Jan. 7 (Bloomberg) -- Rebekah Brooks’s assistant told police that she removed seven boxes from News Corp. archives, at the height of the U.K. phone-hacking scandal, as part of a program to reduce the size of the company’s mass filing system.
Cheryl Carter, 49, also said that most of the material consisted of notebooks dating back to her role as a beauty columnist for News Corp.’s Sun tabloid, according to tapes of the 2012 interview played for jurors at a London trial today. It wasn’t until she returned home that she discovered some of the material belonged to Brooks, who was arrested by police days later on July 17, 2011.
Brooks, the 45-year-old former head of News Corp.’s U.K. unit, and Carter are among seven people on trial over wrongdoing at the company’s British publications. Prosecutors are focusing on destruction of evidence charges after the first two months of the case concerned bribes to public officials and the interception of voice-mail messages.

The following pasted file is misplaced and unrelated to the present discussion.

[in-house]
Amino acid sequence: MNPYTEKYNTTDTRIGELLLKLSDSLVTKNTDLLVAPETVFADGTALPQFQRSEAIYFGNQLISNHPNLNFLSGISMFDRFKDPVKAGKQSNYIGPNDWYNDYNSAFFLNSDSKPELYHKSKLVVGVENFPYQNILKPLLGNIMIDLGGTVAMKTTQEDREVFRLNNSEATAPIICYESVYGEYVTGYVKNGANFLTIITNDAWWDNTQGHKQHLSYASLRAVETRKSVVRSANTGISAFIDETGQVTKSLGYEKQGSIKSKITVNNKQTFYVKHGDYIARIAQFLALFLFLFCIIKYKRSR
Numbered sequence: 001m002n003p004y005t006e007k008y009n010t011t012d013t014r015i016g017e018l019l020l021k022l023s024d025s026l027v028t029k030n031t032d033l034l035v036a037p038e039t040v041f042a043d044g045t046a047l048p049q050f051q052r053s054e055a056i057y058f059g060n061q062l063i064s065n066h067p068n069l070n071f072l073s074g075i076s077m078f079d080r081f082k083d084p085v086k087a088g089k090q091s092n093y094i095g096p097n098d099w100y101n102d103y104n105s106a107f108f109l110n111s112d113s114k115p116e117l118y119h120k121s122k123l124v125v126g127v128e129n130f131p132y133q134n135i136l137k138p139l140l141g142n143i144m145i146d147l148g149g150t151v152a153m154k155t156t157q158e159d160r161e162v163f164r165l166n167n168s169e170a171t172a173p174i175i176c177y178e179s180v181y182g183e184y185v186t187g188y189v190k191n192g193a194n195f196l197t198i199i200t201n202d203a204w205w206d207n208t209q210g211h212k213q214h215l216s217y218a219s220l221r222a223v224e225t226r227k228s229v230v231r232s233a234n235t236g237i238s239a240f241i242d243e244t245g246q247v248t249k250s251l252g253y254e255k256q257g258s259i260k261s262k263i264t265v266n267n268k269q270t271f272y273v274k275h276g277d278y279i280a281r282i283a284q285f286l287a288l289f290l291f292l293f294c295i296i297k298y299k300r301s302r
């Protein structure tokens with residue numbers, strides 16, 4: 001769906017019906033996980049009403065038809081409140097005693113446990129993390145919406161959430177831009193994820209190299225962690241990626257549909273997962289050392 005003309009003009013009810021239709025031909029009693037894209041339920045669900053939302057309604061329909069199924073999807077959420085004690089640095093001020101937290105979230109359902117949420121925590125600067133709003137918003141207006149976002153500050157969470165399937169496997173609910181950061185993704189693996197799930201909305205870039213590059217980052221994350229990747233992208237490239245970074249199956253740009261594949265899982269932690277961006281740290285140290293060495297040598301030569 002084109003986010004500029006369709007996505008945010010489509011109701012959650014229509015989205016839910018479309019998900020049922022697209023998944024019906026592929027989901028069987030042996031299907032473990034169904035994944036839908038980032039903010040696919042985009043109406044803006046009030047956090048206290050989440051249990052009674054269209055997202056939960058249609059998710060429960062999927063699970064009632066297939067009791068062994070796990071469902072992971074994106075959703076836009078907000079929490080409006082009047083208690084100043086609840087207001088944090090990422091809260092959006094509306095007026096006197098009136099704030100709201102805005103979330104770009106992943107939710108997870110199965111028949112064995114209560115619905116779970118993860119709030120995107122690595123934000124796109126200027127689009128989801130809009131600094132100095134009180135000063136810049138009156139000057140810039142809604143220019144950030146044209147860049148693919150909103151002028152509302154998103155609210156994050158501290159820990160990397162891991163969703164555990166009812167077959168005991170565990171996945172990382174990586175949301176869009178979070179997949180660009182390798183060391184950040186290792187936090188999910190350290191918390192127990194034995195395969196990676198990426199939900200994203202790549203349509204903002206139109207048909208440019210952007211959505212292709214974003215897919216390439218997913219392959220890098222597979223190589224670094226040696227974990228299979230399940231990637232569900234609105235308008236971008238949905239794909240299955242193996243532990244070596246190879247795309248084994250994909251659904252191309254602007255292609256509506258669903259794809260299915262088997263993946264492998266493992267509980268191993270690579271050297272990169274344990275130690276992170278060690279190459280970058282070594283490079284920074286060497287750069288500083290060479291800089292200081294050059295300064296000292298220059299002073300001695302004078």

The discovery on July 4, 2011, that a murdered school girl’s phone had been hacked in 2002 by the News of the World triggered public outrage that led News Corp. Chairman Rupert Murdoch to close the tabloid. Carter removed the boxes from the archive on July 8 of that year, the same day Andy Coulson, a former editor of the News of the World also charged in the case, was arrested.
Carter, who is on trial for obstruction of justice, said she returned three notebooks belonging to Brooks to her own office at News Corp.’s London offices. Carter said that her office wasn’t sealed off by police after Brooks was arrested.
“They would have been able to see it at any point,” Carter said in the 2012 interview. “But no one ever, ever asked me.”
The jury was told earlier that Carter’s son, Nick, was asked by his mother to help take the boxes from the archive. That sort of request was a “regular occurrence,” he told jurors today.
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